Recently USDA’s Farm Service Agency (FSA) released the enrollment data for the commodity programs under the 2014 Farm Bill. FarmdocDaily recently delved into the enrollment data on a national level (Schnitkey et al., 2015). Nationally, the Agricultural Risk Coverage – County Option (ARC-CO) was the overwhelming pick by farmers for the 2014 Farm Bill (Schnitkey, 2015) . ARC-CO was elected on 76 percent of the program acres, followed by the Price Loss Coverage (PLC) program on 23 percent of the program acres, and the Agricultural Risk Coverage – Individual Option (ARC-IC) on less than 1 percent of the program acres (Schnitkey, 2015). This got me curious as to how Maryland and Delaware producers elected to cover their base acres.
Program Choices in the Two States
Maryland producers overwhelmingly elected ARC-CO for corn (94.4 percent), soybeans (96.1 percent), grain sorghum (87 percent), and sunflowers (83.3 percent) base acres (Figure 1). PLC was selected by a majority of Maryland producers with base acres in barley (79.8 percent) and wheat (51.3 percent). Maryland producers with oat base acres almost evenly split oat base acres between ARC-CO (54.2 percent) and PLC (45.8 percent). Around .1 percent of total base acres in Maryland elected the ARC-IC.
Delaware producers overwhelmingly elected the ARC-CO program for soybean (97.3 percent), corn (96.4 percent), grain sorghum (86.6 percent), sunflowers (71.2 percent), and oats (66.5 percent) of base acres (Figure 2). PLC was the overwhelming pick for Delaware producers with base acres in barley (63.1 percent) and wheat (63 percent) (Figure 2). Again ARC-IC barely registered in Delaware as it did in Maryland and nationally.
Similar to what was seen nationally by farmdoc Daily, Maryland and Delaware producers did not split protection between ARC-CO and PLC. Instead of splitting between revenue protection and a target price program, the majority of Maryland and Delaware producers elected to go with revenue protection. We can probably also guess that a majority of producers in the two states did not put much value in the Supplemental Cover Option (SCO) since SCO eligibility was based on PLC participation. Maryland oat producers potentially did attempt to split protection between the two programs, unlike the majority of other producers in the region.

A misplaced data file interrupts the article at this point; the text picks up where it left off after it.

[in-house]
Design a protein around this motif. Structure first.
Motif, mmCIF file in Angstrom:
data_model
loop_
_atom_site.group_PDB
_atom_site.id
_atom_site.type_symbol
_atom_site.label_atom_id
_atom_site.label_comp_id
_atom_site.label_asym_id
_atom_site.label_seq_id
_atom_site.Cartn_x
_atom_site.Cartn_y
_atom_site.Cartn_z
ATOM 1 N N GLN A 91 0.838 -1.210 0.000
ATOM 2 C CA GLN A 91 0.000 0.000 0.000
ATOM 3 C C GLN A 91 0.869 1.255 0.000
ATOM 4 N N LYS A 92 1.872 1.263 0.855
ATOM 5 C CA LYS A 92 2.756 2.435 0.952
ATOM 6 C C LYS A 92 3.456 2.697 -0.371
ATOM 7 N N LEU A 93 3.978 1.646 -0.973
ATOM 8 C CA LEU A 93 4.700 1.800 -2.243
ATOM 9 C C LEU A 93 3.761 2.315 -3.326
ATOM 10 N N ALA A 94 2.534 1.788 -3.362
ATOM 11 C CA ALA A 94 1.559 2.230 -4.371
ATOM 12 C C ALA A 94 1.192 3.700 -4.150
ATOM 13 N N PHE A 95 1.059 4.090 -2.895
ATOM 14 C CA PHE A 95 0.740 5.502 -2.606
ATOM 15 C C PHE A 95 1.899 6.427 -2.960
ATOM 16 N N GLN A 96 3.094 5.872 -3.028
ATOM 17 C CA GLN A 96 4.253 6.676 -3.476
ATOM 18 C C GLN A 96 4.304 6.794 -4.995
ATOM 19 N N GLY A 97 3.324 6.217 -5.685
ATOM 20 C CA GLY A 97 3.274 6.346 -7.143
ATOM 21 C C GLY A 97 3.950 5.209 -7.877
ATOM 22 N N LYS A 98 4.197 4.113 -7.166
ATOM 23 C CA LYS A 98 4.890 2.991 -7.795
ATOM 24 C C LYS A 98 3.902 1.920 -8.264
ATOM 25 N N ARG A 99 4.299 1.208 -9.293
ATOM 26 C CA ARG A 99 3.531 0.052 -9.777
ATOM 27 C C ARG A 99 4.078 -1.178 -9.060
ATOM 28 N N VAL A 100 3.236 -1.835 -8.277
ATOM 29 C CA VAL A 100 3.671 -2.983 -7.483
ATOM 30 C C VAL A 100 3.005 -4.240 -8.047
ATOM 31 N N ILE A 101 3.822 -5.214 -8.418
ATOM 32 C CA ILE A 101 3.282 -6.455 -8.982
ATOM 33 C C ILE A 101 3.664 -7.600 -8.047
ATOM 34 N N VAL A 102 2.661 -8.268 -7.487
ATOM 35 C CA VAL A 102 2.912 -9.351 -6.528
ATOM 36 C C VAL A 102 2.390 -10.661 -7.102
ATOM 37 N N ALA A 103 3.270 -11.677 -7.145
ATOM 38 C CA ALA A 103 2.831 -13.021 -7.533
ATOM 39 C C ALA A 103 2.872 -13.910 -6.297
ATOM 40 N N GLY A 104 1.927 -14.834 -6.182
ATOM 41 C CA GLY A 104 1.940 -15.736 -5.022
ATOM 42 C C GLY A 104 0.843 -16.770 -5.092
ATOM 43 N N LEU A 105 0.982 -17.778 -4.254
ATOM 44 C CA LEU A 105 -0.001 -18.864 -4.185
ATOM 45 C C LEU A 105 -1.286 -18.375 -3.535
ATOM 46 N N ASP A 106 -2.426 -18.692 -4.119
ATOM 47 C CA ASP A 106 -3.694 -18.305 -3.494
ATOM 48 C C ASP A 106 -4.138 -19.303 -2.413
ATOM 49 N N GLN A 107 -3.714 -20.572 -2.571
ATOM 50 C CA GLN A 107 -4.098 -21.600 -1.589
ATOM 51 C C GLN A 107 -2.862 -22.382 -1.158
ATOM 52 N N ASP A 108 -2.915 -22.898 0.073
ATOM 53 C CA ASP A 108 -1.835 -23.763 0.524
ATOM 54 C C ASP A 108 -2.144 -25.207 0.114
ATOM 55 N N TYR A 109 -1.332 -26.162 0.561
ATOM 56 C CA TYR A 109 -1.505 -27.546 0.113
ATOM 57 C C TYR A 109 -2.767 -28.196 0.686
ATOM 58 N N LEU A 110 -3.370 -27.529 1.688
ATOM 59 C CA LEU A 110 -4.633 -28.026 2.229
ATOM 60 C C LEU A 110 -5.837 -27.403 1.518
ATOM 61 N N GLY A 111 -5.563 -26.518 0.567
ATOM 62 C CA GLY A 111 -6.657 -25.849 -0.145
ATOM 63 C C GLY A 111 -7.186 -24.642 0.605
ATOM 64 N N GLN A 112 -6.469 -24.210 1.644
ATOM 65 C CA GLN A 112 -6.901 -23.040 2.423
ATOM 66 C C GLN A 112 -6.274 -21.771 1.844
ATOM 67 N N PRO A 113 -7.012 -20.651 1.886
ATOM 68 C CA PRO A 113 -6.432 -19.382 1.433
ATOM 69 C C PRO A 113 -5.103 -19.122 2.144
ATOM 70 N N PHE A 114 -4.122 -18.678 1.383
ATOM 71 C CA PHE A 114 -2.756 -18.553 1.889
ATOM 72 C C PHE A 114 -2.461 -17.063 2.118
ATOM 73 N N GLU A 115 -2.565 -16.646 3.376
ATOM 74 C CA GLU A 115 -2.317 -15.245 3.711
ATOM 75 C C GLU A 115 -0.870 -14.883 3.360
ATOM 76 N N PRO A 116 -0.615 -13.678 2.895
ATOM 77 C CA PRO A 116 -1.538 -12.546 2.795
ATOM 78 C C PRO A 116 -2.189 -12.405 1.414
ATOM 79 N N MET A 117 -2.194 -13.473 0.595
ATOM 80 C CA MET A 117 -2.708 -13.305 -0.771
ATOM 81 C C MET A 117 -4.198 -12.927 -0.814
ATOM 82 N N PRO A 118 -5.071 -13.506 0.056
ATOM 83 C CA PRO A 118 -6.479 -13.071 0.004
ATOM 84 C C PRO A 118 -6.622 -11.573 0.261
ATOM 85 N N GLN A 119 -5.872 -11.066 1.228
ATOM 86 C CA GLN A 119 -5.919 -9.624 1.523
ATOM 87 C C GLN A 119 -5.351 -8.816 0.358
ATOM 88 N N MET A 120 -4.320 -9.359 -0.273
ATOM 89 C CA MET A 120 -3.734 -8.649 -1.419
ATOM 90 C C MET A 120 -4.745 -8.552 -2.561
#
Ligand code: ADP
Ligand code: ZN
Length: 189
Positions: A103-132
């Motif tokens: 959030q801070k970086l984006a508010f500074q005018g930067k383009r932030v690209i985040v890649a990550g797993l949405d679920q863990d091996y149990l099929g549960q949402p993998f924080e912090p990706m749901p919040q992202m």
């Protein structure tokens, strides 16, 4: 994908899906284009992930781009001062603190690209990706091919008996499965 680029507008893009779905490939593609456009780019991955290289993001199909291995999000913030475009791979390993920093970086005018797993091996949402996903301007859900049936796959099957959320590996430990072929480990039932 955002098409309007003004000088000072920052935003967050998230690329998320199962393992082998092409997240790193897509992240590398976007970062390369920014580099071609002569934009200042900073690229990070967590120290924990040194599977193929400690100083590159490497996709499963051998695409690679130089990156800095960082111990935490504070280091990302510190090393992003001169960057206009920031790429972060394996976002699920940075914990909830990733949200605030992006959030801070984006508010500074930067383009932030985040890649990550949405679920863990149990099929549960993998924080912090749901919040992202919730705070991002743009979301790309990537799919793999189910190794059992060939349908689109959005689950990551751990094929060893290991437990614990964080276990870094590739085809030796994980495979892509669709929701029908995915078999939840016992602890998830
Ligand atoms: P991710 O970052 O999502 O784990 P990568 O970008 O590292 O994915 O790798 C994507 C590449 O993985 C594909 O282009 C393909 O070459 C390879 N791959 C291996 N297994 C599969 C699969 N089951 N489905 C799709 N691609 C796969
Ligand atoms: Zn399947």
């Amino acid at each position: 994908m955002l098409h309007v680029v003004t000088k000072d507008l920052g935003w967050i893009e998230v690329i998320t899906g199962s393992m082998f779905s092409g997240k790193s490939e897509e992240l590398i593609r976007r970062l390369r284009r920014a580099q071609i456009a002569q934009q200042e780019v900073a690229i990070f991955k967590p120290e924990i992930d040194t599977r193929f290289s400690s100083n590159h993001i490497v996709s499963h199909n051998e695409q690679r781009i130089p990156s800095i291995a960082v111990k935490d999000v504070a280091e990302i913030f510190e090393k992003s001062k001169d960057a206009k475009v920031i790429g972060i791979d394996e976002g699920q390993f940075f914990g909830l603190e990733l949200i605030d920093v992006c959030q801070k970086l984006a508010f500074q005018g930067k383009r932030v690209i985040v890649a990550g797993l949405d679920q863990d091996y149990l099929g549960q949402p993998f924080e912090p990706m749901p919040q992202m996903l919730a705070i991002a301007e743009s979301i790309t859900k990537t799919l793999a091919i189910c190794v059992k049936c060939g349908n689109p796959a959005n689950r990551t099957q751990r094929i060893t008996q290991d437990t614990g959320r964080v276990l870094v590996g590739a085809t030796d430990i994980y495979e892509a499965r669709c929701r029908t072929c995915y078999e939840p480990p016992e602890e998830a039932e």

Base Acre Reallocation
The FSA data also included changes in base acres from 2013 (the last year for the 2008 farm bill programs) and 2014 (the first year for the 2014 farm bill programs). The 2014 farm bill included a one-time opportunity to keep existing base acres or reallocate base acres based on current farming practices. The 2014 farm bill did not include an opportunity to increase total base acres, just reallocate.
Figure 3 highlights the changes Maryland producers made in base acres among commodities. Maryland producers choose to reallocate base acres to corn (an increase of 5.27 percent), soybeans (increase of 1.99 percent), and sunflowers (increase of 20.24 percent). Maryland producers reallocated these base acres from wheat (decrease of 5.64 percent), barley (decrease of 10.74 percent), grain sorghum (decrease of 25.67 percent), and oats (decrease of 35.2 percent).
Maryland producers potentially saw base acres enrolled in corn and soybeans paying off in larger amounts over the life of this farm bill. The other reason for this shift could be to align base acres on the farm with a true picture of what Maryland producers are actually producing. Previous farm bills had not offered an opportunity to reallocate base acres and producers may have taken advantage this time around to align base acres with actually production.
Figure 4 highlights the changes Delaware producers made in base acre reallocation. Delaware producers increased corn base acres by 5.27 percent. The remaining commodities all lost base acres, including soybeans. Again this could be seen as Delaware producers taking the opportunity to reallocate base acres to mirror production on the farm.
Maryland and Delaware producers overwhelming picked the ARC-CO program for a majority of eligible commodities, and both states moved base acres from other commodities into corn base acres. Currently, producers are encouraged to remember that FSA has begun signup for the 2014 and 2015 crop years till Sept. 30, 2015. To be eligible for any payments, eligible producers will need to make an appointment with their local FSA office to complete the paperwork.
Producers will also need to remember that starting with the 2016 crop year through the 2018 crop year, producers will need to sign up annually for the program selected each year from Dec. 1 to Aug. 1. For the 2016 crop year, which starts on Oct. 1, 2015, producers would need to sign up with their local FSA office from Dec. 1, 2015 to Aug. 1, 2016.
If you have other questions on the 2014 Farm Bill and the new farm programs, check out the Department of Agricultural and Resource Economics' Crop Insurance page.
Schnitkey, G., J. Coppess, N. Paulson, and C. Zulauf. "Perspectives on Commodity Program Choices under the 2014 Farm Bill." farmdoc Daily (5):111, Department of Agricultural and Consumer Economics, University of Illinois at Urbana-Champaign, June 16, 2015.
U.S. Department of Agriculture—Farm Service Agency. ARC/PLC Program Data. Washington DC. Internet site: http://www.fsa.usda.gov/programs-and-services/arcplc_program/index (Accessed June 29, 2015).